Welcome to our series of HR interviews with Lawyer Monika Nosal who answers some of the most common questions asked by HR managers regarding employees’ legal entitlements.
All employers are legally required to keep accurate and complete records for all of their employees (e.g. wages paid) and issue pay slips to each employee. These obligations are designed to ensure employees are paid accordingly.
Under the Fair Work Act 2009 (Cth) (FW Act) and the Fair Work Regulations 2009 (Cth) (Regulations), employee records must:
- be in a form that is readily accessible to a Fair Work Inspector
- be in a legible form and in the English language
- be kept for seven years
- not be altered, unless for the purposes of correcting an error
- not be false or misleading to the employer’s knowledge.
Pay slips must be issued within one day of payment and must be in the form prescribed by the FW Act and Regulations.
Employees records, including their personal information, are private and confidential. The only people that are generally permitted to access them are the relevant employee, the employer, and relevant payroll/human resources personnel. Employee records may also be accessed by Fair Work Inspectors for the purposes of determining whether there has been a contravention of the FW Act or Regulations.
Employers who fail to meet their record-keeping and pay slip obligations may be issued with an infringement notice. Further, failing to keep accurate and complete records also increases the likelihood that any underpayment by the employer will be found to be a serious contravention of the FW Act, exposing the employer to significant penalties.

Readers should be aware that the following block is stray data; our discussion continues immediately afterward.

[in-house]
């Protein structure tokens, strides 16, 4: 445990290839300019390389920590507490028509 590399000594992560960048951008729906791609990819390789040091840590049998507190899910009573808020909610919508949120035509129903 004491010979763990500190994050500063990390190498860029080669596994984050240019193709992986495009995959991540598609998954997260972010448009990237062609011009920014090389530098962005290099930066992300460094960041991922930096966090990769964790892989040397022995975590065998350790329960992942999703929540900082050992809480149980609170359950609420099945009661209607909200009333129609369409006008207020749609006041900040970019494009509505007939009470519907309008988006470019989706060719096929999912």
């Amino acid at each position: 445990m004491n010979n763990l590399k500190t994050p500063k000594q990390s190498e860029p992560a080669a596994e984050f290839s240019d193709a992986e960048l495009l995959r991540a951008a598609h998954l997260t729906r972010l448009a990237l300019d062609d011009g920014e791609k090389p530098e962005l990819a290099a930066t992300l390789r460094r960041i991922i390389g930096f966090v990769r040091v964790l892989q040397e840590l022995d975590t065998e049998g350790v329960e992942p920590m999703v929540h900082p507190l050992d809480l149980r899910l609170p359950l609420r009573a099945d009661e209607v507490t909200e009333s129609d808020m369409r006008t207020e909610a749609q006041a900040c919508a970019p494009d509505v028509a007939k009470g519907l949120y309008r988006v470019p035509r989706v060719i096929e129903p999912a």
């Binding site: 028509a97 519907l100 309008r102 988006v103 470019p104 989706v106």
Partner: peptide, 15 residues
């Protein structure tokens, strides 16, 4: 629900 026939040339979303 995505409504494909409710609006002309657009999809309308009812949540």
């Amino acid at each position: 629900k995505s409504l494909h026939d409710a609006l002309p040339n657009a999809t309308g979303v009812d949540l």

Employers obligations under the National Employment Standards, modern awards, enterprise agreements and contracts can be complex, overlapping, and at times confusing.
Employers need to familiarise themselves with and understand their legal obligations in order to avoid any possible claims by employees (both existing and former) and unsuccessful job applicants, as well as prosecution by the Fair Work Ombudsman. Under the accessorial liability provisions of the FW Act, employers and individuals such as directors and HR managers can be personally held accountable for breaching workplace laws in certain circumstances.
A HR Legal Audit conducted by Rigby Cooke can provide the HR function and, in turn, provide employers with comfort in knowing that they are legally compliant, or at least provide advance warning of any potential compliancy issues before they become problematic.
|Disclaimer: This publication contains comments of a general nature only and is provided as an information service. It is not intended to be relied upon as, nor is it a substitute for specific professional advice. No responsibility can be accepted by Rigby Cooke Lawyers or the authors for loss occasioned to any person doing anything as a result of any material in this publication.
Liability limited by a scheme approved under Professional Standards Legislation.
©2020 Rigby Cooke Lawyers